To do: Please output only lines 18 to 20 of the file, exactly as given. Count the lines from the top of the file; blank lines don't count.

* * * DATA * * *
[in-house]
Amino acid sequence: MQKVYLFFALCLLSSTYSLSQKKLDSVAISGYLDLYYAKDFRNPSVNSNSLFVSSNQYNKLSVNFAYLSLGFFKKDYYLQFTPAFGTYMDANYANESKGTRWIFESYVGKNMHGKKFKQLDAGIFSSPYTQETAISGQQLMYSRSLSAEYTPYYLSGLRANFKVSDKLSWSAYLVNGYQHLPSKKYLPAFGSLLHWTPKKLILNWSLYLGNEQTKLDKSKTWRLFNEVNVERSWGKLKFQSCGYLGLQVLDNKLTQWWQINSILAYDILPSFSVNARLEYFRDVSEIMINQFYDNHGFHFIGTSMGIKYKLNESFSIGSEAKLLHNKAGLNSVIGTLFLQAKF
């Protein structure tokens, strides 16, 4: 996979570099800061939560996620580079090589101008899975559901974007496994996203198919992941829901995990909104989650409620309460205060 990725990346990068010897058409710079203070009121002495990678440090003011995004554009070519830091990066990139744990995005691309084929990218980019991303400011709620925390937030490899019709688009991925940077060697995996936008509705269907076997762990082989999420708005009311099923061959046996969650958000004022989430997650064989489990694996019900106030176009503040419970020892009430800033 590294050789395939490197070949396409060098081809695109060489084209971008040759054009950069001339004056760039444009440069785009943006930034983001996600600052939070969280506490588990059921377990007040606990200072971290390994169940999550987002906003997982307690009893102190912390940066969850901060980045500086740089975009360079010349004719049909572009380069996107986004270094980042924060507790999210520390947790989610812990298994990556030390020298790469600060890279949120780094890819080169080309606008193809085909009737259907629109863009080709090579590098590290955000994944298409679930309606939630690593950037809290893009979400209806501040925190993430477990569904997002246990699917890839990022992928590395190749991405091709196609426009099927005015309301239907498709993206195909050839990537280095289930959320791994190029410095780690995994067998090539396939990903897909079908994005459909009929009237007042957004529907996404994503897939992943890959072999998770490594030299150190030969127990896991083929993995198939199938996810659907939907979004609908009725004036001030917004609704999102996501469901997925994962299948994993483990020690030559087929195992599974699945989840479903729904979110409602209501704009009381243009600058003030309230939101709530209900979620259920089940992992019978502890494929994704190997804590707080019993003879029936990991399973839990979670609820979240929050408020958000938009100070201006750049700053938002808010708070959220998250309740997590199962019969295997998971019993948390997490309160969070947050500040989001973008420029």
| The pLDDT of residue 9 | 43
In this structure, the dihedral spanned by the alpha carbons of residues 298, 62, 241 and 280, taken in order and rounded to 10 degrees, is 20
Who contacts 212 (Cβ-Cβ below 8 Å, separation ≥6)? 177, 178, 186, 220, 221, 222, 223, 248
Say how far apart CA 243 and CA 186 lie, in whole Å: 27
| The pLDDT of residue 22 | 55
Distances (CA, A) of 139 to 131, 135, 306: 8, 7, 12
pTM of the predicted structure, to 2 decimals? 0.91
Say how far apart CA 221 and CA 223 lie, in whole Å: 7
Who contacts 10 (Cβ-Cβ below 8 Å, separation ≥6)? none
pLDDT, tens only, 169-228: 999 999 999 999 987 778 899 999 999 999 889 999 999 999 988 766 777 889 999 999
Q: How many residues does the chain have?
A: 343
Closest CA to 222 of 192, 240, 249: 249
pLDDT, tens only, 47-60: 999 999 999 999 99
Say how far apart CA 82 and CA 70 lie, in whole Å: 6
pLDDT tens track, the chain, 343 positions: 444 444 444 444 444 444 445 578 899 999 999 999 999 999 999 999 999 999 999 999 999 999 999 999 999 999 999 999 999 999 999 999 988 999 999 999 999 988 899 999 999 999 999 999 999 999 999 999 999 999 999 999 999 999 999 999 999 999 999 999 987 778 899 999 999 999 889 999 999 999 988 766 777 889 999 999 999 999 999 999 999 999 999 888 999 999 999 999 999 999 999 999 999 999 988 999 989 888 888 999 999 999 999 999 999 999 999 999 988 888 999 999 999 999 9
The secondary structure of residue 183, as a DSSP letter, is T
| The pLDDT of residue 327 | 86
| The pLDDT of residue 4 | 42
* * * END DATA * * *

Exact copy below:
Say how far apart CA 82 and CA 70 lie, in whole Å: 6
pLDDT tens track, the chain, 343 positions: 444 444 444 444 444 444 445 578 899 999 999 999 999 999 999 999 999 999 999 999 999 999 999 999 999 999 999 999 999 999 999 999 988 999 999 999 999 988 899 999 999 999 999 999 999 999 999 999 999 999 999 999 999 999 999 999 999 999 999 999 987 778 899 999 999 999 889 999 999 999 988 766 777 889 999 999 999 999 999 999 999 999 999 888 999 999 999 999 999 999 999 999 999 999 988 999 989 888 888 999 999 999 999 999 999 999 999 999 988 888 999 999 999 999 9
The secondary structure of residue 183, as a DSSP letter, is T